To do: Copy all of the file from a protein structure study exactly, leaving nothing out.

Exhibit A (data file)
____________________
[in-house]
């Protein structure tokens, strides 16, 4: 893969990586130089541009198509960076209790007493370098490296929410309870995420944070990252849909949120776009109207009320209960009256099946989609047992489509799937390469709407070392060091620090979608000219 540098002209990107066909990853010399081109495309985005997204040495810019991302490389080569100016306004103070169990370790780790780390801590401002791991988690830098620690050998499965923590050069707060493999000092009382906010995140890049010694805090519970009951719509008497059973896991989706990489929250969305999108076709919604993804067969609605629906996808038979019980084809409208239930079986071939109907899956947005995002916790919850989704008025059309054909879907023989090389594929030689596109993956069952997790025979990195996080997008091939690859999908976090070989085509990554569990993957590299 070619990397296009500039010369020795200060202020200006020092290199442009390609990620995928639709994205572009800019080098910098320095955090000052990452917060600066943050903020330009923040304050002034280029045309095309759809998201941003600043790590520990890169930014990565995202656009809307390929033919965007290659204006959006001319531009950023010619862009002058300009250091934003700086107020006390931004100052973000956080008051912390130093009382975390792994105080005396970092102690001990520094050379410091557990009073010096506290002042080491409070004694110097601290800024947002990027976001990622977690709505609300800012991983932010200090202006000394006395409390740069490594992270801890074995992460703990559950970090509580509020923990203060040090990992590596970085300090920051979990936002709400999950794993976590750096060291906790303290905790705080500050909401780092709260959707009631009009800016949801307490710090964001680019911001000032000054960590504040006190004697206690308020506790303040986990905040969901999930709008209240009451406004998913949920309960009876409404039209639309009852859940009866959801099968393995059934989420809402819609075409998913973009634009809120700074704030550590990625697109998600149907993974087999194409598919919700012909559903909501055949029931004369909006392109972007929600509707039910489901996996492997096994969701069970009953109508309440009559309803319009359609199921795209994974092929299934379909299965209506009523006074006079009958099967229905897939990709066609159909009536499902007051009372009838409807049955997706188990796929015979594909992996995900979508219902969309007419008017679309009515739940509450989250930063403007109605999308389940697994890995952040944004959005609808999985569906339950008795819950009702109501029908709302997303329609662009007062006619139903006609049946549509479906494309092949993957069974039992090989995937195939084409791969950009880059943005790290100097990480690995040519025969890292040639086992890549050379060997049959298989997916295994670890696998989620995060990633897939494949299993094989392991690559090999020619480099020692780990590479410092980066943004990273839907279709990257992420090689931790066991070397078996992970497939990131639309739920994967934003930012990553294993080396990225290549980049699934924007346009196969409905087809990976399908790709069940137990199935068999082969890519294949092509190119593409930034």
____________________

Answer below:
[in-house]
């Protein structure tokens, strides 16, 4: 893969990586130089541009198509960076209790007493370098490296929410309870995420944070990252849909949120776009109207009320209960009256099946989609047992489509799937390469709407070392060091620090979608000219 540098002209990107066909990853010399081109495309985005997204040495810019991302490389080569100016306004103070169990370790780790780390801590401002791991988690830098620690050998499965923590050069707060493999000092009382906010995140890049010694805090519970009951719509008497059973896991989706990489929250969305999108076709919604993804067969609605629906996808038979019980084809409208239930079986071939109907899956947005995002916790919850989704008025059309054909879907023989090389594929030689596109993956069952997790025979990195996080997008091939690859999908976090070989085509990554569990993957590299 070619990397296009500039010369020795200060202020200006020092290199442009390609990620995928639709994205572009800019080098910098320095955090000052990452917060600066943050903020330009923040304050002034280029045309095309759809998201941003600043790590520990890169930014990565995202656009809307390929033919965007290659204006959006001319531009950023010619862009002058300009250091934003700086107020006390931004100052973000956080008051912390130093009382975390792994105080005396970092102690001990520094050379410091557990009073010096506290002042080491409070004694110097601290800024947002990027976001990622977690709505609300800012991983932010200090202006000394006395409390740069490594992270801890074995992460703990559950970090509580509020923990203060040090990992590596970085300090920051979990936002709400999950794993976590750096060291906790303290905790705080500050909401780092709260959707009631009009800016949801307490710090964001680019911001000032000054960590504040006190004697206690308020506790303040986990905040969901999930709008209240009451406004998913949920309960009876409404039209639309009852859940009866959801099968393995059934989420809402819609075409998913973009634009809120700074704030550590990625697109998600149907993974087999194409598919919700012909559903909501055949029931004369909006392109972007929600509707039910489901996996492997096994969701069970009953109508309440009559309803319009359609199921795209994974092929299934379909299965209506009523006074006079009958099967229905897939990709066609159909009536499902007051009372009838409807049955997706188990796929015979594909992996995900979508219902969309007419008017679309009515739940509450989250930063403007109605999308389940697994890995952040944004959005609808999985569906339950008795819950009702109501029908709302997303329609662009007062006619139903006609049946549509479906494309092949993957069974039992090989995937195939084409791969950009880059943005790290100097990480690995040519025969890292040639086992890549050379060997049959298989997916295994670890696998989620995060990633897939494949299993094989392991690559090999020619480099020692780990590479410092980066943004990273839907279709990257992420090689931790066991070397078996992970497939990131639309739920994967934003930012990553294993080396990225290549980049699934924007346009196969409905087809990976399908790709069940137990199935068999082969890519294949092509190119593409930034």